• 1/4 teaspoon baking soda
  • 1/3 cup cold butter
  • 1 cup dried cranberries
  • 1/4 cup orange juice
  • 1/4 cup half-and-half cream
  • 1 egg
  • 1 tablespoon milk
  • Glaze (optional):
  • 1/2 cup confectioners’ sugar
  • 1 tablespoon orange juice
  • Orange Butter
  • 1/2 cup butter, softened
  • 2 to 3 tablespoons orange marmalade



  • In a large bowl, combine the flour, 7 teaspoons sugar, orange peel, baking powder, salt and baking soda. Cut in butter until the mixture resembles coarse crumbs; set aside. In a small bowl, combine the cranberries, orange juice, cream and egg. Add to flour mixture and stir until a soft dough forms.
  • On a floured surface, gently knead 6-8 times. Pat dough into an 8-in. circle. Cut into 10 wedges. Separate wedges and place on an ungreased baking sheet. Brush with milk; sprinkle with remaining sugar.
  • Bake at 400° for 12-15 minutes or until lightly browned. Remove to a wire rack.
  • Combine glaze ingredients if desired; drizzle over scones. Combine orange butter ingredients; serve with warm scones. Yield: 10 scones.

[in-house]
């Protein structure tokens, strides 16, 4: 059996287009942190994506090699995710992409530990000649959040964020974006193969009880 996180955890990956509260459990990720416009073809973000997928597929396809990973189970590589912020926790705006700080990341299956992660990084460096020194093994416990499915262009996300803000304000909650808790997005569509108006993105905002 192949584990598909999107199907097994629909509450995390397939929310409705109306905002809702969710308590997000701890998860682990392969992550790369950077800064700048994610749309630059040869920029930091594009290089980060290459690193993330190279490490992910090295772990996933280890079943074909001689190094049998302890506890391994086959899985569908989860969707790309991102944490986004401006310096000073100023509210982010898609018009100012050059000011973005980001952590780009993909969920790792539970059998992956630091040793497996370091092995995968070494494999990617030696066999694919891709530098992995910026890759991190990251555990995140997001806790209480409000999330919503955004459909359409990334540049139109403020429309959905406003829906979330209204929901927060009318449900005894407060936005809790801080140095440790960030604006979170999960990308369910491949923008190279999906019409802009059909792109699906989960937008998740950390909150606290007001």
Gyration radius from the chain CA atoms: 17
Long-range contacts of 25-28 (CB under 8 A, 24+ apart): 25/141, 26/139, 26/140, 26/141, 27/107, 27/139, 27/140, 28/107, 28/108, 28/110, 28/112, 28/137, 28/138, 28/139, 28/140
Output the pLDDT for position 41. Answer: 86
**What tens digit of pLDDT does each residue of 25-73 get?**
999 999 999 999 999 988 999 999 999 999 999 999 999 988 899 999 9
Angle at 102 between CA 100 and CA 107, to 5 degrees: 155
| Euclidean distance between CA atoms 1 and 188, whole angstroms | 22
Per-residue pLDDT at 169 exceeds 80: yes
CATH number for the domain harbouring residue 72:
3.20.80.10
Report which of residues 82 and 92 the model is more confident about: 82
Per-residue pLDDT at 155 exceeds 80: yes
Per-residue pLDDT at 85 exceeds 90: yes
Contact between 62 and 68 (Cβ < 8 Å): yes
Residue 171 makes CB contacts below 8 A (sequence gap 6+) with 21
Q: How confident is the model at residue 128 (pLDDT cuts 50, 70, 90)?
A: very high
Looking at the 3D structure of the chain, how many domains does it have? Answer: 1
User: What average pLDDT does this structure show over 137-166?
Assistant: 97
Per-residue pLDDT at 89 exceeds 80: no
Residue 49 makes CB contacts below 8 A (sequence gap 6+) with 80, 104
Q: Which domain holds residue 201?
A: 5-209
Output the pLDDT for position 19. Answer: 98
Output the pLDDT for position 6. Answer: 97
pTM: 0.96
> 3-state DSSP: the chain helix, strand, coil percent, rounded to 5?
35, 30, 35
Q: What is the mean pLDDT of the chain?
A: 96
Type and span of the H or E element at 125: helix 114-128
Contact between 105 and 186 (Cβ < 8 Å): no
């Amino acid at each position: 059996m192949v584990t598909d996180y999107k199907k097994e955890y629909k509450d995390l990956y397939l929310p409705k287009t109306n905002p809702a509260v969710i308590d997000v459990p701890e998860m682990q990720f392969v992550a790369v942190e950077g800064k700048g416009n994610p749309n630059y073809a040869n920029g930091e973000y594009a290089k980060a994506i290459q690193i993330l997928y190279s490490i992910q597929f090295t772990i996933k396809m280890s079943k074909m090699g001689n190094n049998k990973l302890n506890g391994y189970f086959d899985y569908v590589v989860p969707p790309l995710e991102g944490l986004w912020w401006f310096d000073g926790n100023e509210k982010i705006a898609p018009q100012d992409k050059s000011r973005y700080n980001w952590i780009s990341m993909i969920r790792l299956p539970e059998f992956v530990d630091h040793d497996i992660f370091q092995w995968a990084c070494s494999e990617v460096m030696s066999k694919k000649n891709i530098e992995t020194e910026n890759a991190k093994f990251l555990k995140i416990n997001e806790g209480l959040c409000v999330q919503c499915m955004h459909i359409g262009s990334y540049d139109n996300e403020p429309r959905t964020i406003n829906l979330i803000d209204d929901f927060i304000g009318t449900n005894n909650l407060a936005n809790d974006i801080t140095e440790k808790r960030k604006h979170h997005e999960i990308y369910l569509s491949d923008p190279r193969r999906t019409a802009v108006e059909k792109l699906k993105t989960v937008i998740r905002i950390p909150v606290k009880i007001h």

Nutrition Facts: 1 serving (1 each) equals 331 calories, 17 g fat (10 g saturated fat), 65 mg cholesterol, 396 mg sodium, 43 g carbohydrate, 1 g fiber, 4 g protein.



Things I miss from the States

While it is amazing how similar life in China can be to life in the United States, there are few key differences as well, which is definitely to be expected of course.  The following is a list of things that I dearly miss in no particular order.

  2. coffee shops, namely Starbucks (note they do have 1 in the entire Hunan Province, but it is 2 hours away)
  3. public libraries
  4. bookstores
  5. Twizzlers